Feminist and Queer Theory in Modern Italian Literature and Cinema; Migration Studies; Sicilian Culture
Sarah received her PhD in Art History from The Ohio State University, specializing in Tibetan and South Asian art. Her upcoming article is titled “Common Ground: Place and Identity in Contemporary Tibetan Art,” in a special issue of the Journal of the British Association for South Asian Studies. She is currently an affiliate faculty member at the University of Denver, where she has taught since 2010. Her courses include Asian art history, Tibetan art, Sacred Spaces, Politics in Art, and Buddhism in Art. She also teaches a travel course each summer that brings students to the galleries of New York City. Titled “Tibet on Display,” the students learn how institutional motivations vary between places like the Met, the Natural History Museum, the Tibet House, and the Rubin Museum of Art. Sarah spent three years as the Interpretive Specialist of Asian Art at the Denver Art Museum, where she worked on exhibitions such as Ganesha: The Playful Protector and Linking Asia, for which she wrote the catalog essay “The Transmission of Buddhist Imagery throughout Asia.” Sarah is now working on various exhibitions throughout Denver, including curating an exhibition with contemporary Cambodian artist Leang Seckon at McNichols Civic Center and an exhibition with contemporary Tibetan artist Tenzing Rigdol at the Emmanuel Art Gallery on Auraria campus.
Angel David Nieves is Associate Professor and Director of the American Studies Program at Hamilton College, Clinton, New York. He is currently Co-Directing Hamilton’s Digital Humanities Initiative (DHi) funded by the Mellon Foundation (2010-2016). He is also Research Associate Professor in the Department of History at the University of the Witwatersrand in Johannesburg, South Africa. He taught in the School of Architecture, Planning, and Preservation at the University of Maryland, College Park, from 2003-2008. His scholarly work and community-based activism critically engages with issues of memory, heritage preservation, gender and nationalism at the intersections of race and the built environment in cities across the Global South. His co-edited book “We Shall Independent Be:” African American Place-Making and the Struggle to Claim Space in the U.S. was published in 2008. He has published essays in numerous journals including Journal of Planning History; Places Journal; and Safundi: The Journal of South African and American Studies; and in several edited collections, including Making Humanities Matter (2017). His digital research and scholarship have been featured on MSNBC.com and in Newsweek.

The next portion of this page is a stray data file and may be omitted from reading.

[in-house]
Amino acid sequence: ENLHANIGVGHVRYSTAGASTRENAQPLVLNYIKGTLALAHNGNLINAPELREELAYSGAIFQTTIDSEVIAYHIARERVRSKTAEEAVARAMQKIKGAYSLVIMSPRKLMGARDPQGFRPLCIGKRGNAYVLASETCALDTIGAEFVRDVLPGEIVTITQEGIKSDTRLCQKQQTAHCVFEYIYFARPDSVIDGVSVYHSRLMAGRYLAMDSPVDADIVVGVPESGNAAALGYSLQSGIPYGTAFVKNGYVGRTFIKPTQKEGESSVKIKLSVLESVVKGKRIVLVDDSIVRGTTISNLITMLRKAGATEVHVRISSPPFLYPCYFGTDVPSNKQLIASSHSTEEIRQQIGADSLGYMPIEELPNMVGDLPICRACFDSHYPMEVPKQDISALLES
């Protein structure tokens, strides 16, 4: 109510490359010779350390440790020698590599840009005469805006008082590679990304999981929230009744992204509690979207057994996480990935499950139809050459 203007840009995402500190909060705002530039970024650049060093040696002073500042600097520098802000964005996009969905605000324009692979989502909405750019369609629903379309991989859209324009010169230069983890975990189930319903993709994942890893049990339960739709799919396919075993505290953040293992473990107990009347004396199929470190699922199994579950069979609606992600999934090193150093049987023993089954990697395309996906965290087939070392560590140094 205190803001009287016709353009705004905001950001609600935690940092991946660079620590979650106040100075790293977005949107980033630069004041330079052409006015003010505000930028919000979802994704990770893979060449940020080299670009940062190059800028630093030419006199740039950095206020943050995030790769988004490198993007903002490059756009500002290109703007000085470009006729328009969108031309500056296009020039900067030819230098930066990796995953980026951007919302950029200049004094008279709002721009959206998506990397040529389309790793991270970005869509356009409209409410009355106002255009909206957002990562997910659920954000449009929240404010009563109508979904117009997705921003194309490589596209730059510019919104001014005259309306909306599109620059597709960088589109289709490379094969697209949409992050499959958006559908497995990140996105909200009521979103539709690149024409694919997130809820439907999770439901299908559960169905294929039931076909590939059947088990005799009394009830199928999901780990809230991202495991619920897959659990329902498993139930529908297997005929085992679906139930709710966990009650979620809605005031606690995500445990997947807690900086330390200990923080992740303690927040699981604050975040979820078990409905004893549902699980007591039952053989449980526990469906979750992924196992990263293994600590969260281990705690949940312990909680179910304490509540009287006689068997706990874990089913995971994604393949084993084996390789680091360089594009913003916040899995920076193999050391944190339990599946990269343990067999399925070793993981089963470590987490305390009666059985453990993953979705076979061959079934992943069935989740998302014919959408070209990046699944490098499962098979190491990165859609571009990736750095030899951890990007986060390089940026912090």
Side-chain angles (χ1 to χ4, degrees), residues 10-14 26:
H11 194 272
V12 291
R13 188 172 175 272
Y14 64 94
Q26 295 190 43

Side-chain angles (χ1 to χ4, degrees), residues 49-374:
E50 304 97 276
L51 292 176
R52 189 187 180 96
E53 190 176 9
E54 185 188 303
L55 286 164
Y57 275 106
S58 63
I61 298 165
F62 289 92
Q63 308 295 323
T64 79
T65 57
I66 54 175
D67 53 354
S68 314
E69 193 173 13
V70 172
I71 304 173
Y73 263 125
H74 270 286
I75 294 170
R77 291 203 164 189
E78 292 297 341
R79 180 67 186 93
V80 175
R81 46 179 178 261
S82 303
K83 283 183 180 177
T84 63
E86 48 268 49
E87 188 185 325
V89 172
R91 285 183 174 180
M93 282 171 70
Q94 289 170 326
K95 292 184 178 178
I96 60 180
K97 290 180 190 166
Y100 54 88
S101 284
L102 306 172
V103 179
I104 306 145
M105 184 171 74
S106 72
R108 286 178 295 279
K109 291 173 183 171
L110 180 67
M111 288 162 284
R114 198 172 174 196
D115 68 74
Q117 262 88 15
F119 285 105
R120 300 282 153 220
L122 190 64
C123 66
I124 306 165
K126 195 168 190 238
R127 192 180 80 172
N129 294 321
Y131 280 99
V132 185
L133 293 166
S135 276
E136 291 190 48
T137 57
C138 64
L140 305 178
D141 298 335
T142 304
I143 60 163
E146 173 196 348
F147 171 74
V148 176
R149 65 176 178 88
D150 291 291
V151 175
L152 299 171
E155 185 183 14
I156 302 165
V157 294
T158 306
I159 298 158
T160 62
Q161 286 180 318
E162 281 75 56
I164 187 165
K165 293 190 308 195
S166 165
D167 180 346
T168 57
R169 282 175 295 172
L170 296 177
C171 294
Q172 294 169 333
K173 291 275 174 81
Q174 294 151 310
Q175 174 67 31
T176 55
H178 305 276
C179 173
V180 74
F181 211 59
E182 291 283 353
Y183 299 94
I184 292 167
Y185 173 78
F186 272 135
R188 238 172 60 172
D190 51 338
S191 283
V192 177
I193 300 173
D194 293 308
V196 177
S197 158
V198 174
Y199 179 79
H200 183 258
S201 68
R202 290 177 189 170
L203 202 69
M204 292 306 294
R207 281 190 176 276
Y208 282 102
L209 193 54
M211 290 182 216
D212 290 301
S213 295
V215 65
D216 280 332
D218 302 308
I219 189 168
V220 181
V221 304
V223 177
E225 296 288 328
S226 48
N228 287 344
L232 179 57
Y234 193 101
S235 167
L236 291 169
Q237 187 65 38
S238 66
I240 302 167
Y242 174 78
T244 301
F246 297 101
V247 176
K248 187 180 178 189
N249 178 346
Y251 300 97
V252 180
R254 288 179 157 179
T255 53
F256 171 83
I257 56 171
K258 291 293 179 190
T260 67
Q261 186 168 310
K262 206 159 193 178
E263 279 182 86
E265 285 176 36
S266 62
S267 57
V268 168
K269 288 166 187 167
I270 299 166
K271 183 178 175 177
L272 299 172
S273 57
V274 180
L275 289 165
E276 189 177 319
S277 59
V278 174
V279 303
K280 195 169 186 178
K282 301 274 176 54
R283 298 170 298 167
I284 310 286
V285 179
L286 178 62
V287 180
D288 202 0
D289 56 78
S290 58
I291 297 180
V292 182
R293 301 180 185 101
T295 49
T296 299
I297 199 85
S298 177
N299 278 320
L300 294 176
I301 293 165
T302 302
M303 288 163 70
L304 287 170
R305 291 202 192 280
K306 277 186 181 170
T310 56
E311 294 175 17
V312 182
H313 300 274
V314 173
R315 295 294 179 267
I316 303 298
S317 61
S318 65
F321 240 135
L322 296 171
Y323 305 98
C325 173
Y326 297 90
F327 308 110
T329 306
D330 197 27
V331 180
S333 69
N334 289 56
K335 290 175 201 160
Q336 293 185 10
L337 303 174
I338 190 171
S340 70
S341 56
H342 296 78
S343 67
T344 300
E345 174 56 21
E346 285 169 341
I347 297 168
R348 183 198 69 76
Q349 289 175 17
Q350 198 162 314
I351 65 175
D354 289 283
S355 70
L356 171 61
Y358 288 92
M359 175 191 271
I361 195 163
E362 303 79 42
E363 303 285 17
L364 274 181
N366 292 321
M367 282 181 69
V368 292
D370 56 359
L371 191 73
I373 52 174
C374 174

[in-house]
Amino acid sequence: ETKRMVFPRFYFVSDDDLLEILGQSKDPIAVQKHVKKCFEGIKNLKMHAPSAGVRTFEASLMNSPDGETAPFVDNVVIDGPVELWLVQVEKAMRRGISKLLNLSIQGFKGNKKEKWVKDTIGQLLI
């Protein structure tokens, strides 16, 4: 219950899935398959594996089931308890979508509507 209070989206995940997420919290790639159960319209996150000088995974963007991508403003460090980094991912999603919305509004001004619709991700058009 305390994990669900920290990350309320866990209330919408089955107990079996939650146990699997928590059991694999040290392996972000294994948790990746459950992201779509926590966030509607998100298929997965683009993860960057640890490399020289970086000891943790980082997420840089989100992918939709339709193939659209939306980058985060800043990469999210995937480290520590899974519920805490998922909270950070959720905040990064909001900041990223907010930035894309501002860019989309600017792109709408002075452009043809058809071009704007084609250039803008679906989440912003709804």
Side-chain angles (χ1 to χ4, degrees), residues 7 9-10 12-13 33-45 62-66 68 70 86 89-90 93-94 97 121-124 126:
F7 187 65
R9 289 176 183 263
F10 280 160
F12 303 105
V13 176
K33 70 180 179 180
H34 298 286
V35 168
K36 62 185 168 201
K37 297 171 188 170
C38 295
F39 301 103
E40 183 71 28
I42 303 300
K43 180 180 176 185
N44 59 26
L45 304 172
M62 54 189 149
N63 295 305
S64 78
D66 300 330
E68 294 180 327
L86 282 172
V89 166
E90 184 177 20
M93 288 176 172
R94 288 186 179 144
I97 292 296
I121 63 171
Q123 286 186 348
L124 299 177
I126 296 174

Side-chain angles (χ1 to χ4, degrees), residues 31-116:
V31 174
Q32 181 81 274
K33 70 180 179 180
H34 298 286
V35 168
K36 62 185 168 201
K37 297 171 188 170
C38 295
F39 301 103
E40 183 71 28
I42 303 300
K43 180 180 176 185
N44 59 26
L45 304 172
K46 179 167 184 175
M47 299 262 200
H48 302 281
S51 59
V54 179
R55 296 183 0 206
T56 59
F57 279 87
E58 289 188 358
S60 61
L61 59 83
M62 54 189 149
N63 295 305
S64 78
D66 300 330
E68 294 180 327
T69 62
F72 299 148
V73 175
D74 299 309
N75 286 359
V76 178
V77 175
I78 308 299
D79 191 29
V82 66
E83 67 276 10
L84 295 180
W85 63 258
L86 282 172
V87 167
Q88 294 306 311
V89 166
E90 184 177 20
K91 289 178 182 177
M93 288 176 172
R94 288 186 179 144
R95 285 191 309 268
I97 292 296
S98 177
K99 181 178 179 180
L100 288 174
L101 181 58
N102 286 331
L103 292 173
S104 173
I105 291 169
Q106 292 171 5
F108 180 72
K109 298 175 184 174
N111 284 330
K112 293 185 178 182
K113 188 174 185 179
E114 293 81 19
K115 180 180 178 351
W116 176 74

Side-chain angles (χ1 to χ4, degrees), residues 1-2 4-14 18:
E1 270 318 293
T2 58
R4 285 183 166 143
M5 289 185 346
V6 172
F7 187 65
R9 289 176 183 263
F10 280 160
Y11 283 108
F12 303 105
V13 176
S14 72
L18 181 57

I am a medievalist specializing in Anglo-Saxon and Old Norse literatures and languages and have taught on topics ranging from medieval and early modern lit to world mythologies, environmental lit, critical theory, and the literature of death and dying. My research focuses on representations of space and the environment in Anglo-Saxon poetry, as well as on death in medieval Icelandic texts. Currently, I am an Acquisitions Editor for Medieval Institute Publications at Kalamazoo, Arc-Humanities Press, and Amsterdam University Press, seeking projects for the following series: Places and Spaces, Medieval to Modern Richard Rawlinson Center Series in Anglo-Saxon Studies Environmental Humanities in Pre-Modern Cultures Medieval Media Cultures Teaching the Middle Ages New Queer Medievalisms
My current and past work examines how literacy learning and performance take place across spaces and modes ranging across classroom and community settings. Informed by an emphasis on modality, my research focuses on the affordances and constraints of different social, technical, and institutional settings to examine possibilities and call for changes that support more equitable participation of all members.
My research on classroom design and writing in the disciplines has increasingly drawn my attention to the institutional and infrastructural work of writing program administration. As writing specialists, we need to continue our decades-long work with colleagues across the university to design effective writing curricula based on our own disciplinary knowledge. However, as (unacknowledged) experts in active learning pedagogies, writing specialists and WPAs also have considerable expertise to contribute to learning space design initiatives, involving stakeholders outside academic departments at the level of the university’s physical facilities.